British supermarket chain Asda will extend its trial of plastic-free refill zones to more of its UK stores by the end of this year.

In October, the retailer will unveil its largest refill zone to date at its store in York.

The refill zone will have 18 standalone bays and offer more than 70 branded and own-label products in refillable formats.

In December, Asda will open a nine-bay standalone refill fixture at its Milton Keynes store. This will offer branded and own-label cereals, pasta and rice among other products.

In August, the retailer will open its first refill zone in Scotland at its store in Toryglen, Glasgow.

That month, Asda will also trial selling branded own-label tea, coffee, cereals, rice, pasta, laundry and toiletries at its store in Rugby.

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The four stores will offer a larger range of core products and popular brands, including Yorkshire Tea, increased Kellogg’s cereals range, Nestle cereals, Napolina pasta and Tilda rice.

The expansion follows the success of its first refill zone, which opened at its Middleton store last October. The zone features 15 refill stations offering more than 30 household staples.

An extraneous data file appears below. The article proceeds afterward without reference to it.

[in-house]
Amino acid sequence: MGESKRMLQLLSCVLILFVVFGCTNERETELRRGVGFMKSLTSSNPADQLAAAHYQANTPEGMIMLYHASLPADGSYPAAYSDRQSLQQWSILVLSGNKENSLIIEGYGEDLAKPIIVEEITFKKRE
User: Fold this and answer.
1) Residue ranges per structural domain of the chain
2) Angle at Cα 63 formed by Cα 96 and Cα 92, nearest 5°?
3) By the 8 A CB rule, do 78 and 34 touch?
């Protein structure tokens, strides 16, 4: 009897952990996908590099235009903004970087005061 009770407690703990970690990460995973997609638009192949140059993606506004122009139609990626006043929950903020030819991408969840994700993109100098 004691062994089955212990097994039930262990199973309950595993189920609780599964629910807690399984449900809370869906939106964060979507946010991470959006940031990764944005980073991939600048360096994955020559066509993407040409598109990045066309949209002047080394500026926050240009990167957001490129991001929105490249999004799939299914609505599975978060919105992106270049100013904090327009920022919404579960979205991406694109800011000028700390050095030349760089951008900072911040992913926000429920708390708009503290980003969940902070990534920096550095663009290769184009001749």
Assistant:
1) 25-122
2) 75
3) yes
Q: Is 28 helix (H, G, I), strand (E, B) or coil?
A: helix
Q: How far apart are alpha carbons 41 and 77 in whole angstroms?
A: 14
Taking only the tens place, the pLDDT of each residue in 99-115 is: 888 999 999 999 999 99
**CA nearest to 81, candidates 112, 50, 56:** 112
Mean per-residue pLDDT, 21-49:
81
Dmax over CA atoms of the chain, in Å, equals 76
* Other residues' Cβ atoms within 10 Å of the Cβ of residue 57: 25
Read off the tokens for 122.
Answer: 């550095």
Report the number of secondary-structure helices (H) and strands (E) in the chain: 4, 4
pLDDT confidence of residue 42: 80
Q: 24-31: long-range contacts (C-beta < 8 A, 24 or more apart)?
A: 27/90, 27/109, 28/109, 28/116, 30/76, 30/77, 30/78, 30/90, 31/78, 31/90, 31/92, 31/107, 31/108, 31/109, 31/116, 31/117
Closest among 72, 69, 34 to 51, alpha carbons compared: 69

The retailer plans to pilot different refill configurations with more household brands.

Asda commercial sustainability director Susan Thomas said: “Our ultimate goal is to make refill and reuse a part of every Asda shopping trip. To achieve this, we have to make it easy, accessible and affordable for all our customers to shop this way.

“Middleton was a great introduction to how customers engage with refill products and we are now looking to accelerate these learnings by trialling different refill options in more stores to understand which aspects can potentially be developed further.”

In a partnership with Unilever, the four stores will offer Persil, Radox, Simple and Alberto Balsam products in stainless steel reusable bottles.

The Unilever products will be tested in refill-on-the-go and return-on-the-go formats. Customers can either use a machine in the store to refill their bottles or pick up pre-filled bottles and return them once used.

In April, UK-based grocery retailer Aldi started testing its first packaging-free products at its store in Cumbria.